You know this is what I do, right? (Photo by Tracy A. Woodward/The Washington Post)

Jordan Crawford didn’t complain about opening the season as a reserve behind Bradley Beal, but he also hasn’t accepted the role as some sort of season-long punishment.

“We’re going to see how it goes throughout the season,” Crawford said last week, when asked about his role. “I know what I’m capable of. The players and coaches know what I’m capable of. We’re just going to play it out throughout the season.”

Crawford has led the Wizards in scoring in each of the first two games and averaged 16 points and four assists. He contributed 21 points on 8 for 14 shooting in an 89-86 loss to the Celtics on Saturday at Verizon Center and perhaps could’ve done more damage if not for suffering a sprained left ankle in the final period.

“He came right in and got it going right away,” Coach Randy Wittman said of Crawford. “There was no warmup. That’s what you want from a guy like that, coming off the bench.”

As Beal tries to find a comfort level after being thrust into a starting role at just 19, Crawford continues to lean on past experience. Crawford was shaken for several weeks last season after Nick Young re-signed during training camp, believing Flip Saunders hadn’t given him a fair shot to compete for the starting job.

He struggled early on with a backup role before eventually elevating his level of play and taking the starting job from Young, who was dealt to the Los Angeles Clippers at the trade deadline. Crawford started 30 of the final 32 games last season and was forced to miss the final two with a sprained right ankle.

A better attitude has helped Crawford respond to his current situation in more positive manner. He is even encouraging Beal, who has scored just 10 points on 2 of 13 in his first two games. Crawford believes that the rookie can’t always sit back and wait for something to happen.

“You just got to aggressive,” he said. “It’s not really his game to force it. He like to let the game come to him, but as a two-guard in this league, you’ve got to be aggressive and bring some of the attention to you on defense and that opens it up for other players.”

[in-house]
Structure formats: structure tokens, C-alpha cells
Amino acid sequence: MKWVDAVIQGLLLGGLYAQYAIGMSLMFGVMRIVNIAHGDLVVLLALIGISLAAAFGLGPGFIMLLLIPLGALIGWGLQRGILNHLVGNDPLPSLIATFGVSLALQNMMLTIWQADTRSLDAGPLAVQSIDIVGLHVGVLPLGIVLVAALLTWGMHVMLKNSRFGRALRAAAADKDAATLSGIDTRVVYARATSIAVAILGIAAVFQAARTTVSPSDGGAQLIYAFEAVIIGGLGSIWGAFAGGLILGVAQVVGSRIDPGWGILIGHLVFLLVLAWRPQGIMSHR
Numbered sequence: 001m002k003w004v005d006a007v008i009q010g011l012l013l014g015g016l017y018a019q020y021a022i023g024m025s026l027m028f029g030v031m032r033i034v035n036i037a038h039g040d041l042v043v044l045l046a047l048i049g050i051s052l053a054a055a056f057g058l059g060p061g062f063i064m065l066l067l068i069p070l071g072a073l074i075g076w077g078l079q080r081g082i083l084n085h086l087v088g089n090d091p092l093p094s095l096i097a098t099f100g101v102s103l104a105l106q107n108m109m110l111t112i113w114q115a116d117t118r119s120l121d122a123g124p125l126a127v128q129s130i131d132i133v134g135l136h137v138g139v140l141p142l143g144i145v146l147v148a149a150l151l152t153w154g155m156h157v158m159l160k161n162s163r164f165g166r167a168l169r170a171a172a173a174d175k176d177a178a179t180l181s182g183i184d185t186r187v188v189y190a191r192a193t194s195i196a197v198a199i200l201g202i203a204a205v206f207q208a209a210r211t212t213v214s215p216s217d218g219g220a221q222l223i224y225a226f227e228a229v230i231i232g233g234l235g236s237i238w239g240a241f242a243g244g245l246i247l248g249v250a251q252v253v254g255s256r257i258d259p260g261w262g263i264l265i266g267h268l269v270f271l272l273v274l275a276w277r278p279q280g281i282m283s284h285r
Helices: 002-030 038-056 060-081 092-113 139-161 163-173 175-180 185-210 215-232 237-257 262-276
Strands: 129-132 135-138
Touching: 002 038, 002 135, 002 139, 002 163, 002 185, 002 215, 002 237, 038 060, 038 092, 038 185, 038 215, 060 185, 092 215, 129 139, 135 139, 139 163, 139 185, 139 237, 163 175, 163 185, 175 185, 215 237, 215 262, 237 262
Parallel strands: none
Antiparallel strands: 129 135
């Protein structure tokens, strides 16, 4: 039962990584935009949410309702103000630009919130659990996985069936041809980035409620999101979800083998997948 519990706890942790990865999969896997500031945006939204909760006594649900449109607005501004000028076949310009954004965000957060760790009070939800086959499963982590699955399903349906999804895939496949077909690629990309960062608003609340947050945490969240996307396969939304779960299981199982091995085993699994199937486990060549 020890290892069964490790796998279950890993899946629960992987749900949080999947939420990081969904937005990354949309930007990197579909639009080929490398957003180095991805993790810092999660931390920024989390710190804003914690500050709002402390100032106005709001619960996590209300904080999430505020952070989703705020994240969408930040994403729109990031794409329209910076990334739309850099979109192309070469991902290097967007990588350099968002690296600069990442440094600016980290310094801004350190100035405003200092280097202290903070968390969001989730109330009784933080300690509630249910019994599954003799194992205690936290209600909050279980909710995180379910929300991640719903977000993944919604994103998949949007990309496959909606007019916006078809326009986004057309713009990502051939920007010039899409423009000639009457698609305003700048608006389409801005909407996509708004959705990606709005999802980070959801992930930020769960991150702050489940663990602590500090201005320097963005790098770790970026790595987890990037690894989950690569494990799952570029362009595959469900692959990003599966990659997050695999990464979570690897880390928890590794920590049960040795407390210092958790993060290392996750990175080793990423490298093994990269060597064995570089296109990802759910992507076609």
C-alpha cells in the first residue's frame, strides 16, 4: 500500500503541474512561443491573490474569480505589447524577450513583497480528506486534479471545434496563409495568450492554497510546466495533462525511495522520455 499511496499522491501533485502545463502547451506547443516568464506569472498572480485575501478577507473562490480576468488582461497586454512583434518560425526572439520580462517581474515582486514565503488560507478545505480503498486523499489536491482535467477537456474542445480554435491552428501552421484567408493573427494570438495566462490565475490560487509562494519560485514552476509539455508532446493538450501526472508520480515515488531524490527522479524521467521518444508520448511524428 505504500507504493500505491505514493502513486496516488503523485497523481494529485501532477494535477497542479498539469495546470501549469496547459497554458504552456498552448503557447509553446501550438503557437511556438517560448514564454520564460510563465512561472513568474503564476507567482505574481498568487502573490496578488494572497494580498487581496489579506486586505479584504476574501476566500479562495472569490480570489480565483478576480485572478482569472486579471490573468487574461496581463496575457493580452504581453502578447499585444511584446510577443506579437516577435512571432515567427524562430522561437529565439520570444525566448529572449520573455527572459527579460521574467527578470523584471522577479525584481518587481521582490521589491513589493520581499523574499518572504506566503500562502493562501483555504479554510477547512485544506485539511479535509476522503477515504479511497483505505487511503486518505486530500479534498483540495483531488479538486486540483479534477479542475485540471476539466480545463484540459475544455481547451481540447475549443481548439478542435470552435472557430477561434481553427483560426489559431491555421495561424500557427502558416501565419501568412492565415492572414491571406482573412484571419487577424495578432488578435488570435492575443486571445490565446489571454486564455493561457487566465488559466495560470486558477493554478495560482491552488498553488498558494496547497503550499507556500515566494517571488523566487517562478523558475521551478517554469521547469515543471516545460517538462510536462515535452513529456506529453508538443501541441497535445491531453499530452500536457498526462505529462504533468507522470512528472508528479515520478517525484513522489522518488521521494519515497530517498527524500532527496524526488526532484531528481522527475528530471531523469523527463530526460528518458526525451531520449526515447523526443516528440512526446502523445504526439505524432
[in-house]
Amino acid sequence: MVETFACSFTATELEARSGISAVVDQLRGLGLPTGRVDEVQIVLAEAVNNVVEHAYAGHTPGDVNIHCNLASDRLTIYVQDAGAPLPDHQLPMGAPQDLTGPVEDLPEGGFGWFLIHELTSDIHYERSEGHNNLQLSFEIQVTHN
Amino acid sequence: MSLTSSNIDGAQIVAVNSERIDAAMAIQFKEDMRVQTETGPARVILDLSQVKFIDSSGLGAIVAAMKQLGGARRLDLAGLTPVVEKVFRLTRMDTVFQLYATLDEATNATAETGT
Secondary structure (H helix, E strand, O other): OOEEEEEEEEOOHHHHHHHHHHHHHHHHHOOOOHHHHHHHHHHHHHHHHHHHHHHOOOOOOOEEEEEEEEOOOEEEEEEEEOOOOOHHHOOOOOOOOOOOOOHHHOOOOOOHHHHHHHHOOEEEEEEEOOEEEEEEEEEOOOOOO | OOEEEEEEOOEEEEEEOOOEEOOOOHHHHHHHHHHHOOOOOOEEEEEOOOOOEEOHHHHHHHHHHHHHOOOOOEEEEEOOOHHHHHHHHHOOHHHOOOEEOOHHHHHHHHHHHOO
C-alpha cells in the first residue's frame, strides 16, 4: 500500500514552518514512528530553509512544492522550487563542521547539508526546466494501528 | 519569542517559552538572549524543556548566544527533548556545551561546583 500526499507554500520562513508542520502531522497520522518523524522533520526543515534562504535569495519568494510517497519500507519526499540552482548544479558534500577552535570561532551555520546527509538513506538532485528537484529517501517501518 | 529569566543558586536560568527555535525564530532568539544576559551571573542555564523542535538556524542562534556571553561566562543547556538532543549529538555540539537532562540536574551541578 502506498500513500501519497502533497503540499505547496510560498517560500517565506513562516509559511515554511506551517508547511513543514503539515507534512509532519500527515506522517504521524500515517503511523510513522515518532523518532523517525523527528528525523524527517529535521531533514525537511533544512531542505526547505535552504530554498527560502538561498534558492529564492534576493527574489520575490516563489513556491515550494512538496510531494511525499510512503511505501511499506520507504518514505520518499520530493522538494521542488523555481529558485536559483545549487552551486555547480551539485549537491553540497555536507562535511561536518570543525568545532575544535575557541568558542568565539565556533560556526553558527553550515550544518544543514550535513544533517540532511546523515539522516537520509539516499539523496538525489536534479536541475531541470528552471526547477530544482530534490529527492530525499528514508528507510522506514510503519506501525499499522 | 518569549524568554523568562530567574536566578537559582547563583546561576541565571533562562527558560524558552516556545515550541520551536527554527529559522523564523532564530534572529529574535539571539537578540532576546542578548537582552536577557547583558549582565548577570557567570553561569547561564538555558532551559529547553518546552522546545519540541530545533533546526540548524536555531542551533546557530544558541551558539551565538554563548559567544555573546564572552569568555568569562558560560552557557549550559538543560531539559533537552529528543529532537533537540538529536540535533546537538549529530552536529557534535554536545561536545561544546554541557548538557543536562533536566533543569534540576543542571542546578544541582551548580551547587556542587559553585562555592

Crawford made two three-pointers against the Celtics but was most effective attacking the basket for high-percentage layups and floaters.

“I just looking for spots on the floor that’s open and just taking advantage of it,” Crawford said. “Just being aggressive. Trying to loosen up the defense a little bit and take what they give us.”

The Wizards have outscored their opponents by 17 points when Crawford has been on the court this season. Not bad, considering the Wizards have been outscored, 183-170, so far this season.

Crawford was forced to leave early in the third quarter against Boston when he sprained his left ankle during a collision with Celtics forward Jeff Green. He returned about four minutes later, but didn’t score again, missing his lone three-point attempt with 86 seconds remaining.

After the game, Crawford left the locker room with his left ankle taped, didn’t limp and pledged that he would be ready for Wednesday’s rematch against the Celtics.

“I love playing Boston,” Crawford said, recently.

But Crawford believes that the Wizards need to work on improving their offensive execution to score more points. The Wizards currently rank 29th in the NBA with an average of just 85 points per game.

“We be forgetting plays that we be going over a lot and I think that’s hurting us,” Crawford said. “We’re going to have to generate some offense. We’re going to have to do something. We’re ahead on the defensive end. We have to buckle down and execute on offense.”